We take a look ahead to one of Tokyo’s original themed races: a watermelon run in Tomisato.
By Tamatha Roman
Japan has been seeing its wave of “theme” races, with the first Warrior Dash last June, the first Color Run last month, and the first Tough Mudder rumored to be coming up this fall. But one race that has been going on for 31 years now has more to do with food than with overcoming obstacles or dodging blasts of color dust.
The annual Suika Road Race takes place in rural Tomisato, Chiba (out near Narita Airport) every June. This year, on Sunday, June 22, 13,000 lucky lottery-winning runners will set out on a 5K or 10K course through the streets of Tomisato. But unlike an ordinary road race, this one has a special way of replenishing sun-stroked runners along the way: watermelon or suika (in Japanese)! That’s right, rather than offering traditional marathon standards such as bread or running gels, participants can hit up “watermelon stations,” which offer get all-you-can-eat watermelon, Tomisato’s home grown product. There’ll be a lot to go around, as Tomisato is Japan’s largest exporter of watermelons. And, if you place within the top tier of your age/gender bracket (20 people), you will be bestowed with a full-size watermelon to crate home. Winning aside, at least you’ll get a T-shirt and enough of a sugar rush along the way…after all, Tomisato watermelons are known for their high sugar content.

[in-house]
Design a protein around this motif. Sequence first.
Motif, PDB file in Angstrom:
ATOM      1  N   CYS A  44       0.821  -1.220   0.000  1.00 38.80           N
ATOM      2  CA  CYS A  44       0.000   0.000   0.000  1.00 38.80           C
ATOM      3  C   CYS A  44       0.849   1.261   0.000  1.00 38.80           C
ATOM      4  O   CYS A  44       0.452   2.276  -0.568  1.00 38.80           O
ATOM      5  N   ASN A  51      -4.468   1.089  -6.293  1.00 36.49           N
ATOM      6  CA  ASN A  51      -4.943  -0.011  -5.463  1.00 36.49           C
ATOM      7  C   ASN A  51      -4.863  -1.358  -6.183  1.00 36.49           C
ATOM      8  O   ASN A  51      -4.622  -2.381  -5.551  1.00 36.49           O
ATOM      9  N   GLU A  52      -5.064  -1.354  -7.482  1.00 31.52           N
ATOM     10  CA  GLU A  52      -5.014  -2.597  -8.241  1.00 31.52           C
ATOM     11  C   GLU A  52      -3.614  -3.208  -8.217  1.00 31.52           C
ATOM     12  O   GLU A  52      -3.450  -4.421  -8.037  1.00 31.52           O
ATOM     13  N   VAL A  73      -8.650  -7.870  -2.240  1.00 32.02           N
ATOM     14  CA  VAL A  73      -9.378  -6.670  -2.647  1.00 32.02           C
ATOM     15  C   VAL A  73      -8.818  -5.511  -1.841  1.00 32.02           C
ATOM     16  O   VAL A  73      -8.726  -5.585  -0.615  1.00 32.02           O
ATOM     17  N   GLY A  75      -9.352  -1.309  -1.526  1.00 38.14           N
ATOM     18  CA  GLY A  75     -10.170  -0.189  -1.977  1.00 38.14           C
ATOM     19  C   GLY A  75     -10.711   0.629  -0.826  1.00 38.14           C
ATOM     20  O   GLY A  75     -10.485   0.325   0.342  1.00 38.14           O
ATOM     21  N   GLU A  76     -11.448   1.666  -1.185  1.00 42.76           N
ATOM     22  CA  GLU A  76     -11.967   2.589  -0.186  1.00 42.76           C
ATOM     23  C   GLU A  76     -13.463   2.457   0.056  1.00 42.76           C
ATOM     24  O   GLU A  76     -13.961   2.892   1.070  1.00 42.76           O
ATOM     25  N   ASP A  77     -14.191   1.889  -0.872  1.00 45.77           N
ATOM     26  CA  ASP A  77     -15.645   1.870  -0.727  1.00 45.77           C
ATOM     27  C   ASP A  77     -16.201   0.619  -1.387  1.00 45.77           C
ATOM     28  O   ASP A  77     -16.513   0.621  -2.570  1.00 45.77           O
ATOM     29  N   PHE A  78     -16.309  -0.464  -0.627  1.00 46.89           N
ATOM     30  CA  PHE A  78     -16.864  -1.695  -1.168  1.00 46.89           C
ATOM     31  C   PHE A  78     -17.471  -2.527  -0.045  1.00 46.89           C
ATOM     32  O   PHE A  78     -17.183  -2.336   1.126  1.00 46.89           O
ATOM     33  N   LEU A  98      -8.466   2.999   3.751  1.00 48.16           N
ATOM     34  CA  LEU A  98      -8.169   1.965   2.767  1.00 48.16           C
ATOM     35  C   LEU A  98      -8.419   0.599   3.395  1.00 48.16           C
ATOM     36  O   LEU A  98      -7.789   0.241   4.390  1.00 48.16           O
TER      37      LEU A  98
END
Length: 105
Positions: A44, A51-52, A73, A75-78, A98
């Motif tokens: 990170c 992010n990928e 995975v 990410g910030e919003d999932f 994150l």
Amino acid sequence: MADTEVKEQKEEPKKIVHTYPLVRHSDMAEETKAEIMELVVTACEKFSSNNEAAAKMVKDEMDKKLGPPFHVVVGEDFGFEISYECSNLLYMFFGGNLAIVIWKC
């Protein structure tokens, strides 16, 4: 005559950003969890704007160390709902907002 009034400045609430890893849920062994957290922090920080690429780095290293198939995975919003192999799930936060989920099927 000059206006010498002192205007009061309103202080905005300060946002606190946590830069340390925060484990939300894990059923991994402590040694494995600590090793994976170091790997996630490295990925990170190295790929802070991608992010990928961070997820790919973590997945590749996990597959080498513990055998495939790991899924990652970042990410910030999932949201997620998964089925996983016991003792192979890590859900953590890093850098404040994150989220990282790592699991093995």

The race is extremely popular, thus the lottery and a three-day sign-up period. Sadly this period has already passed… but mark February on your calendars for next year if you want a fighting chance to get in.
If you weren’t able to get in, and don’t feel like cheering along the sidelines, fear not! On June 15, the Sunday before the race, Tomisato hosts its annual “Suika Matsuri.” Not only can you try your share of watermelon samples, but other events will take place throughout the day: competitive watermelon eating, a watermelon sweets contest, and an exhibition hall of various prize-winning watermelons. It’s a guaranteed delicious way to begin the hot Japanese summer! Stay tuned in June for a full report of watermelon overload.
Image from www.tomisato-suikaroad.jp